"Canada's vaccine strategy is all about ensuring that Canadians will be able to get a vaccine once it is ready." That was a key takeaway from Wednesday's throne speech, and a disappointment to those who thought the speech might finally chart a clear Canadian path to promoting equitable global access to a COVID-19 vaccine beyond its borders.
There was a time when this looked probable. In an open letter first published in the Washington Post in July, Justin Trudeau led a group of eight prime ministers and presidents as they called "on global leaders to commit to contributing to an equitable distribution of the COVID-19 vaccine, based on the spirit of a greater freedom for all."
There was also a multilateral vehicle seemingly tailor made to serve Trudeau's professed goals: COVAX is an international partnership whose "aim is to accelerate the development and manufacture of COVID-19 vaccines, and to guarantee fair and equitable access for every country in the world." And indeed, Canada submitted its nonbinding "expression of interest" to COVAX before the August 31 deadline.
However, just two days after that deadline, the headline "Canada mulls global vaccine contribution as Trump turns back on alliance" about summed up the state of affairs.
The United States had rejected COVAX in favour of going its own way, to nobody's surprise. Canada's status was both murkier and more surprising: "There's definitely an interest by our government to be part of the facility. That I can confirm," was the best that a spokesperson for Karina Gould, Canada's minister of international development, could muster. "We're looking at our options now."
Even stranger was Canada's total silence as the September 18 deadline for finalizing a commitment came and went. Other countries publicly made announcements -- the U.K. was in, a group of Latin American countries wanted in but needed a little more time -- but Canada said nothing.
Even most Canadians following the matter closely did not learn Canada had joined until Monday morning, when a tweet from Gavi -- not from the prime minister or from any official Canadian government channels -- broke the news. Further details of this commitment were not forthcoming, in stark contrast to the detailed breakdowns accompanying official announcements from other donors like the European Commission, and other recent Canadian global support initiatives that are typically associated with much publicity.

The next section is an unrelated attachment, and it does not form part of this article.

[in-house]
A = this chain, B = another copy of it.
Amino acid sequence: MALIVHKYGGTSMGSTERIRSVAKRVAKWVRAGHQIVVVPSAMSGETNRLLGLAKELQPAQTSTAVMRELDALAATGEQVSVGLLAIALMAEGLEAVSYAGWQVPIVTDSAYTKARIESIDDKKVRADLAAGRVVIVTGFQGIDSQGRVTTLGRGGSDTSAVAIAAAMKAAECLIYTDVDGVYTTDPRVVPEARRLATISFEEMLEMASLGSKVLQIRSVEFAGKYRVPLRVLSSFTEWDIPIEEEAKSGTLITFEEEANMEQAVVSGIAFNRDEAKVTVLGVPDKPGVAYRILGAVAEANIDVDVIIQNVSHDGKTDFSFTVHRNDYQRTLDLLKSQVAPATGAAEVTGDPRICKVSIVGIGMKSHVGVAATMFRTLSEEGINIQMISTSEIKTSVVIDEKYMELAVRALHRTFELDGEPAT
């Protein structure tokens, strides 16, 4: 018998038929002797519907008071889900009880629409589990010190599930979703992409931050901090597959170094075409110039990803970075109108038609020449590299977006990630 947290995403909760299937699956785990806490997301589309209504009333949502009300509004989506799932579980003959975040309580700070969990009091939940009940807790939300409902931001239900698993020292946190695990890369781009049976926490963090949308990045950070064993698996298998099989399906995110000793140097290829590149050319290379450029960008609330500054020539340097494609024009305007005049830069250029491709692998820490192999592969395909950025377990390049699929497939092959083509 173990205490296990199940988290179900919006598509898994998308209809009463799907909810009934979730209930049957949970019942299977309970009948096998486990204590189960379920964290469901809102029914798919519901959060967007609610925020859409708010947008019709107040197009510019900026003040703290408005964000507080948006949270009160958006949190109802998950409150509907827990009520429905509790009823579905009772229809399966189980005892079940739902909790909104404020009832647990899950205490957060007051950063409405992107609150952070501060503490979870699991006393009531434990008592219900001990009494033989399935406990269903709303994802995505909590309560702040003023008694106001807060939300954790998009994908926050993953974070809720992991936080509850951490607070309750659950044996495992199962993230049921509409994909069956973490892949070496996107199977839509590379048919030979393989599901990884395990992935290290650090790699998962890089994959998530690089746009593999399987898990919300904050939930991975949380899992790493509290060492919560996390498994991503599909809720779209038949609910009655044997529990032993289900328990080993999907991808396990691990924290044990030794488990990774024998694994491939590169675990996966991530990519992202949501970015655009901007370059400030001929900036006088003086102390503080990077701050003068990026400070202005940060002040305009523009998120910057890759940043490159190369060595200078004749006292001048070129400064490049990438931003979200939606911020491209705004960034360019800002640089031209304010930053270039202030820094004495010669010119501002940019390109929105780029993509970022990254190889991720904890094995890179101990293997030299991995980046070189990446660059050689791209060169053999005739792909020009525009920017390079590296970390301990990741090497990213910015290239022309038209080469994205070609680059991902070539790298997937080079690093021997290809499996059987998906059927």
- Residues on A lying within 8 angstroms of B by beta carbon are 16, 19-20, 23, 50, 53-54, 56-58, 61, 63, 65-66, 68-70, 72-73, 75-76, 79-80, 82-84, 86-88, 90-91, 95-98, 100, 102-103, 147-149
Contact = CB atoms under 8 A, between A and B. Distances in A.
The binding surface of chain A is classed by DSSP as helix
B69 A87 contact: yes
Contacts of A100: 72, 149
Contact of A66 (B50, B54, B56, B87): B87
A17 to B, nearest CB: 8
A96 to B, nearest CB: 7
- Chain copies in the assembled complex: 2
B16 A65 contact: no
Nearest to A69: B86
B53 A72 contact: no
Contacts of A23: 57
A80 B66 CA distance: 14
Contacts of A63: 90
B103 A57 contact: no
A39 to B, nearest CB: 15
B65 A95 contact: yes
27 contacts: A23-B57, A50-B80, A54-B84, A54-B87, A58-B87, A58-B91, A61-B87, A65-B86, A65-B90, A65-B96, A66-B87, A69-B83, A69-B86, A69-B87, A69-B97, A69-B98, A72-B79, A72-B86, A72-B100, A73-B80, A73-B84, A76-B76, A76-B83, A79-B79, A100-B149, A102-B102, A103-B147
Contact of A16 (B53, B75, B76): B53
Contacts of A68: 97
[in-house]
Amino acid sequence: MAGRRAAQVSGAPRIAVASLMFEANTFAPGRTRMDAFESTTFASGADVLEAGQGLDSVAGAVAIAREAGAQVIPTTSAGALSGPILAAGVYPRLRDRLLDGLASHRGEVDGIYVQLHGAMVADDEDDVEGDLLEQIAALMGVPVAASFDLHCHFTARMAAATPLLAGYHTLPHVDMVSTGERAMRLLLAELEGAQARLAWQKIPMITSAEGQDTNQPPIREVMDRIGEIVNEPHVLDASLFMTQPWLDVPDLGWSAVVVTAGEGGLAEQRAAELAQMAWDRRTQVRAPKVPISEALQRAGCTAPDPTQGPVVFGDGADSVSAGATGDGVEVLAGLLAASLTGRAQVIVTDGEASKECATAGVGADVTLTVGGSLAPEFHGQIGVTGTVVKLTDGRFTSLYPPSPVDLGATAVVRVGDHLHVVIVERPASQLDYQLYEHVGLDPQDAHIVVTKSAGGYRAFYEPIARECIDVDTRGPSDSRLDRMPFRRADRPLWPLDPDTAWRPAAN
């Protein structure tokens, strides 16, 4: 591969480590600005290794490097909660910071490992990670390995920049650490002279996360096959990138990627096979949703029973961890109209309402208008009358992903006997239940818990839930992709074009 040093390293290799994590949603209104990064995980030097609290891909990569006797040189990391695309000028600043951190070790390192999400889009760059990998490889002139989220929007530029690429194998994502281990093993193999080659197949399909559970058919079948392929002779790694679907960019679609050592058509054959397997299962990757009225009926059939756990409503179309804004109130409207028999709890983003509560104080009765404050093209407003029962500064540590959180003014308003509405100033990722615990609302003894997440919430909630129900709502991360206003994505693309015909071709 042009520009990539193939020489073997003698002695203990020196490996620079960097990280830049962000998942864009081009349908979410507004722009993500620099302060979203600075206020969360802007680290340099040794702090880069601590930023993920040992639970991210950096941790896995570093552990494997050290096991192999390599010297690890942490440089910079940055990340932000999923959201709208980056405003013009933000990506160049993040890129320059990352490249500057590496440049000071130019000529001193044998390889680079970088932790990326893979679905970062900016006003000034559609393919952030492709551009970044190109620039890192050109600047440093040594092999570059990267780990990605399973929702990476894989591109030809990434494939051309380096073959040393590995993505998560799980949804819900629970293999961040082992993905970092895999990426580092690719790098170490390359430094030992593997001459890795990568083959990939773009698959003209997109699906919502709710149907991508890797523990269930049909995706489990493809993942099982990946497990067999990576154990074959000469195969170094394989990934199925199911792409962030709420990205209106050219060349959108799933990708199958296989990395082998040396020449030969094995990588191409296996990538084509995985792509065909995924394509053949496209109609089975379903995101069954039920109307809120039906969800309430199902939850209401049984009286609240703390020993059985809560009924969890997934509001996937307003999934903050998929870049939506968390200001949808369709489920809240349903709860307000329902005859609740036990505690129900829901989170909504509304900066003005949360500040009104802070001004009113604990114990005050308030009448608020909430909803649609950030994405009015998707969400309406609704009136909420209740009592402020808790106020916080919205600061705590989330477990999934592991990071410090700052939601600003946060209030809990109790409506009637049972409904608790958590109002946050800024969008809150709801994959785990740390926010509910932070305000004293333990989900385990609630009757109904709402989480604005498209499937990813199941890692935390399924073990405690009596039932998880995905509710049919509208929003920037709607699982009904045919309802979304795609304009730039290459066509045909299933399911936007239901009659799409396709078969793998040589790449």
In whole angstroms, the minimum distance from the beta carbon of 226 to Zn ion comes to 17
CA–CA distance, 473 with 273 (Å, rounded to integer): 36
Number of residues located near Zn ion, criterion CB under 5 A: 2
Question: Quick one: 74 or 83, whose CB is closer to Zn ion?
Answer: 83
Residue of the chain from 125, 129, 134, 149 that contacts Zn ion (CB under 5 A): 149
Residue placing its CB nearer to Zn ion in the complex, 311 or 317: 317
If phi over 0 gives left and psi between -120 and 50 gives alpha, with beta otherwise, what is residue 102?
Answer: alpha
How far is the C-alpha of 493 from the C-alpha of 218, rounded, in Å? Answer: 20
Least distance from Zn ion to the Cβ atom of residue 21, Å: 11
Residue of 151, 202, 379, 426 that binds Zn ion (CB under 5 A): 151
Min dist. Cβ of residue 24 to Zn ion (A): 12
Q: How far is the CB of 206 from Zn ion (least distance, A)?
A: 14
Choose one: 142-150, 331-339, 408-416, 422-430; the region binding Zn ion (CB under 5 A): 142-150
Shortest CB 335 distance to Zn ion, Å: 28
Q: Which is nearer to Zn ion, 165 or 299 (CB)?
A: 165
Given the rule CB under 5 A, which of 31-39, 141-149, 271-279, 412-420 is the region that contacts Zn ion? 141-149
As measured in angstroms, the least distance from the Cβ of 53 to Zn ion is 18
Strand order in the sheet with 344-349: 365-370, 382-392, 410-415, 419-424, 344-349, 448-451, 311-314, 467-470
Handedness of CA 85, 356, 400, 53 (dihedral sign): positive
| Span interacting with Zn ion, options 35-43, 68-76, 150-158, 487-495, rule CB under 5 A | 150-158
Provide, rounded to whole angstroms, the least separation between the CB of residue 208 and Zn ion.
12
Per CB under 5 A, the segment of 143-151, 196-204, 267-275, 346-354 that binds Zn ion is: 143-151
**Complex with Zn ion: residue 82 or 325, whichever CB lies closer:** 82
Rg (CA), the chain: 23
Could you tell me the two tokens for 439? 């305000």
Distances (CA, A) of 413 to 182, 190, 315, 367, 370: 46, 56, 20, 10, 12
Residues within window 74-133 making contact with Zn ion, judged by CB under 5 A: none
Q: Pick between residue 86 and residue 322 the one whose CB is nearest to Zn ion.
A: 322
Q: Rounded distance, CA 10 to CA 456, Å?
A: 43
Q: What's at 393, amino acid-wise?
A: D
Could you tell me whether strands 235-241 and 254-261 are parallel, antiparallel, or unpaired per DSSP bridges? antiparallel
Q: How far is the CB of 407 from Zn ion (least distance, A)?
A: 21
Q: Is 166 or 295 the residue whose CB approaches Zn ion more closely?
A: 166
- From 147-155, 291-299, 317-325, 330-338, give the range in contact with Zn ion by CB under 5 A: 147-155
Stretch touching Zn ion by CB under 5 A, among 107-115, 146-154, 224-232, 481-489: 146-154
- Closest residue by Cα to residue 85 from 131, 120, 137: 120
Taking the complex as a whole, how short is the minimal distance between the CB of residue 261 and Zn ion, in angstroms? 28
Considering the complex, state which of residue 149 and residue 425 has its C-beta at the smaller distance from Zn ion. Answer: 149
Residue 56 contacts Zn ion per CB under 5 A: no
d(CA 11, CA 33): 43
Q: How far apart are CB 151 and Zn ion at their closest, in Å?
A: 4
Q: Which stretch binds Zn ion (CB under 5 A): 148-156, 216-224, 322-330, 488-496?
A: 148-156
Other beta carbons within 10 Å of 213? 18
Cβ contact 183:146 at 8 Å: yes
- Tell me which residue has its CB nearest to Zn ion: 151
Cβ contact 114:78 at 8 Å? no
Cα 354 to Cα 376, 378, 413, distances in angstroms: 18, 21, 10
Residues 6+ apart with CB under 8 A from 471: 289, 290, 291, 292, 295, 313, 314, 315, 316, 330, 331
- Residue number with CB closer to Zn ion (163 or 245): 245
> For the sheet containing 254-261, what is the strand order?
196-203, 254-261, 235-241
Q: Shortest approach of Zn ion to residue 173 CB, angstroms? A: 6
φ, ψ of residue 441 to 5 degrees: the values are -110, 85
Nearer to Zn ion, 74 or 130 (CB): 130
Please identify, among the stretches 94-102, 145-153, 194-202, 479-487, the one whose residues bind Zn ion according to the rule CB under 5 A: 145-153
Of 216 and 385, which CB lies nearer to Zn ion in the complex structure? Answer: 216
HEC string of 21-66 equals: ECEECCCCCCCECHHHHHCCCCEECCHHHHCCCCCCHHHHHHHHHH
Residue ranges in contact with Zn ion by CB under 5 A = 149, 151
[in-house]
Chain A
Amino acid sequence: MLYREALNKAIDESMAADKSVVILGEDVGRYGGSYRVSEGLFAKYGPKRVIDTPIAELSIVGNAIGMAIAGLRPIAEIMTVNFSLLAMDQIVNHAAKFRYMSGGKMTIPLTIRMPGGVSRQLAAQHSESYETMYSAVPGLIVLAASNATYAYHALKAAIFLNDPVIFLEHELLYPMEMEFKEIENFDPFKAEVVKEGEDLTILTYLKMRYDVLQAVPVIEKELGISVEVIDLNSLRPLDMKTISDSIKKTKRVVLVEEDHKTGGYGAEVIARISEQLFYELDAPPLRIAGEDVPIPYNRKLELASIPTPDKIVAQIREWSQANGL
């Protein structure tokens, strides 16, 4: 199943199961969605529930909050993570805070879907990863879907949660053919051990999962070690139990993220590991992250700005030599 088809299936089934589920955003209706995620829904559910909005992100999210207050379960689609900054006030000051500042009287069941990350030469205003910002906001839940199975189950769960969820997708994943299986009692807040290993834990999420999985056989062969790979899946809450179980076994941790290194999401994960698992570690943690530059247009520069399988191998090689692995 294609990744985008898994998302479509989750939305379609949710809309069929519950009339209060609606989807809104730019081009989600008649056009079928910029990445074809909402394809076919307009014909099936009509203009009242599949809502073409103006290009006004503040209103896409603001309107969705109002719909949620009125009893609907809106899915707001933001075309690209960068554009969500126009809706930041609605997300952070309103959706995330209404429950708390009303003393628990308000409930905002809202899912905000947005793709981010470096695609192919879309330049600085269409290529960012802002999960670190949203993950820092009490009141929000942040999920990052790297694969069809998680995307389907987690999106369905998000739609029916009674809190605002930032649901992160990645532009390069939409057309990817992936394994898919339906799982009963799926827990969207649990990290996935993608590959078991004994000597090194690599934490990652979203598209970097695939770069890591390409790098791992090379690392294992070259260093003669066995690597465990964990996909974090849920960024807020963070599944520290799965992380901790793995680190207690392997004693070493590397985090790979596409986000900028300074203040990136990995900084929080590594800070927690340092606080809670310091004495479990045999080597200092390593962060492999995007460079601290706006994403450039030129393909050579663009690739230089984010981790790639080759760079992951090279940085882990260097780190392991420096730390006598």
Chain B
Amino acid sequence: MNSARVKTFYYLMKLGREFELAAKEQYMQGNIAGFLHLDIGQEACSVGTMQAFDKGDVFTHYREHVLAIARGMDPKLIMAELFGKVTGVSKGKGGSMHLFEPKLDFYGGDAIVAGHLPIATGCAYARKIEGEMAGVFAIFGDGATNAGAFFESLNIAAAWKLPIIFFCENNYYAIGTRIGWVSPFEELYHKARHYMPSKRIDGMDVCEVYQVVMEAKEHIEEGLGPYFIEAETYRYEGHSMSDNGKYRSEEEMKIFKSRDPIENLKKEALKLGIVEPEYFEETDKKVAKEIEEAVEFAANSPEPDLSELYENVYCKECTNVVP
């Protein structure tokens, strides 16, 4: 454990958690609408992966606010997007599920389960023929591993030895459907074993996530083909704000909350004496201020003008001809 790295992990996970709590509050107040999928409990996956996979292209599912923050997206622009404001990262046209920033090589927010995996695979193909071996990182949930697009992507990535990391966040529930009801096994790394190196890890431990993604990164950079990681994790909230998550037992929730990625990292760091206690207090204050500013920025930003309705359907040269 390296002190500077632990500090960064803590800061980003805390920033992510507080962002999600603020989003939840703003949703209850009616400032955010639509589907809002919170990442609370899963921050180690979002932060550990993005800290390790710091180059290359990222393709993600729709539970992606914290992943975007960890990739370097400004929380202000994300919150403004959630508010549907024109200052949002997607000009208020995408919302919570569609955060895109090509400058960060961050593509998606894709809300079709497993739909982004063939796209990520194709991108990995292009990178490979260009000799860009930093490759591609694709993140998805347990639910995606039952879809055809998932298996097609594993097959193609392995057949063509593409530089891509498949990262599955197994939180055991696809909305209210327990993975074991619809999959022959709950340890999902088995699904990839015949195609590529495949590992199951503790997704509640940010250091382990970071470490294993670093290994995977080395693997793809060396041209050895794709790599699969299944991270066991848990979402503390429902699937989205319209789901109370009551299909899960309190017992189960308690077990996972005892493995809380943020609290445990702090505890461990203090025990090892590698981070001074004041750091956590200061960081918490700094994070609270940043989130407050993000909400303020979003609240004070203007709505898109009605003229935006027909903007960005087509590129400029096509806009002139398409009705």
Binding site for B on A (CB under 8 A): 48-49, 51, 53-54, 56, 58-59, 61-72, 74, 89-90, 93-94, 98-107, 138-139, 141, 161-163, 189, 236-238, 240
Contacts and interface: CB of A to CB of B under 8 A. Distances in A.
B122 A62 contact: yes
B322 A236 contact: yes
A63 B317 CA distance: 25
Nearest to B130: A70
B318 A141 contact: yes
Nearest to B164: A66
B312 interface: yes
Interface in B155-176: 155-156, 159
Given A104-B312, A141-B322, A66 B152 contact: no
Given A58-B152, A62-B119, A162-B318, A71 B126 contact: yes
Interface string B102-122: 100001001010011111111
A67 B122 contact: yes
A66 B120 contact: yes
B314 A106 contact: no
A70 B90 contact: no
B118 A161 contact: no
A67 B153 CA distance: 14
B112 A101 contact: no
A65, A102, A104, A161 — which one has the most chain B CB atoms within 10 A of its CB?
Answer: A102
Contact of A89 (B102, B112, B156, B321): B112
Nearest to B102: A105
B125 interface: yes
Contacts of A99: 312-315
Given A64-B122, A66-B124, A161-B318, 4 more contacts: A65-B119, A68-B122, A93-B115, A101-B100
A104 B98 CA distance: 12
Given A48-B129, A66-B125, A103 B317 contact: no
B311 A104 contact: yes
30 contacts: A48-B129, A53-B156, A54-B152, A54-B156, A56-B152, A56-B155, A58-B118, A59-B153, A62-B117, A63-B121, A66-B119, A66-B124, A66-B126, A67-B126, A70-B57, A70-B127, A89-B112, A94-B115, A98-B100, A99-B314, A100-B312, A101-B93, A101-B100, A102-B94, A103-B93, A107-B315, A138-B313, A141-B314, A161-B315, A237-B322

To be fair, Canada has long been a major supporter of Gavi, the Vaccine Alliance, which is a core partner in COVAX. Indeed, in May of this year, that same minister of international development announced a $600 million donation to Gavi for other vaccination programs. This makes Canada's reluctance to publicly clarify what exactly it is doing with COVAX -- even if that were something as gauche as politely reallocating its recent and admittedly generous donation rather than pulling out its wallet again -- all the more bizarre.
The lack of detail was so surprising it left at least some observers assuming the announcement would be highlighted as part of Wednesday's throne speech. Instead, the speech only managed to squeeze in a vague claim near the end that "Canada will also support work to ensure that people around the world have access to a vaccine."
Of course, even a hearty endorsement of multilateral action in a throne speech doesn't always pan out. For instance, the much-vaunted peacekeeping that formed part of the first "Canada is back" Trudeau throne speech in 2015 has proven notably less vauntable in practice.
And it is also true that the throne speech does, at least partially, echo the idea raised in Trudeau's equitable access piece that ending the pandemic anywhere is dependent on ending it everywhere. At the same time, the backdrop to the speech was not Trudeau's appeal months before that "where you live should not determine whether you live, and global solidarity is central to saving lives and protecting the economy," but rather the previous day's announcement that Canada had entered into the fifth of its billion-dollar flurry of bilateral vaccine deals promoting access for Canada alone.
Such bilateral deals will inevitably delay any prospect of truly equitable global access to a finite supply of vaccine.
Finally, a week after the COVAX deadline, details of Canada's commitment -- $440 million split evenly between procurement for Canadians and access in low and middle income countries -- became public.
The announcement was made alongside that of Canada's sixth bilateral vaccine deal. Canada now has far more doses lined up than it needs, even assuming not all of the vaccines are effective.
Canada could, and should, commit to donating these excess doses, but there's little equitable about having to wait for Canadian leftovers. As such, Trudeau's accompanying re-assertion that "the pandemic can't be solved by any one country alone because to eliminate the virus anywhere, we need to eliminate it everywhere" somehow doesn’t feel like the inspirational commitment to equitable access it once did.
Adam R. Houston is a PhD candidate in the faculty of law at the University of Ottawa working on access to medicines issues at the intersection of law and health. Twitter: @HealthLawAdamH. Srinivas Murthy is a physician and researcher based in Vancouver, Canada. Twitter: @srinmurthy99.
Image: Marco Verch/Flickr
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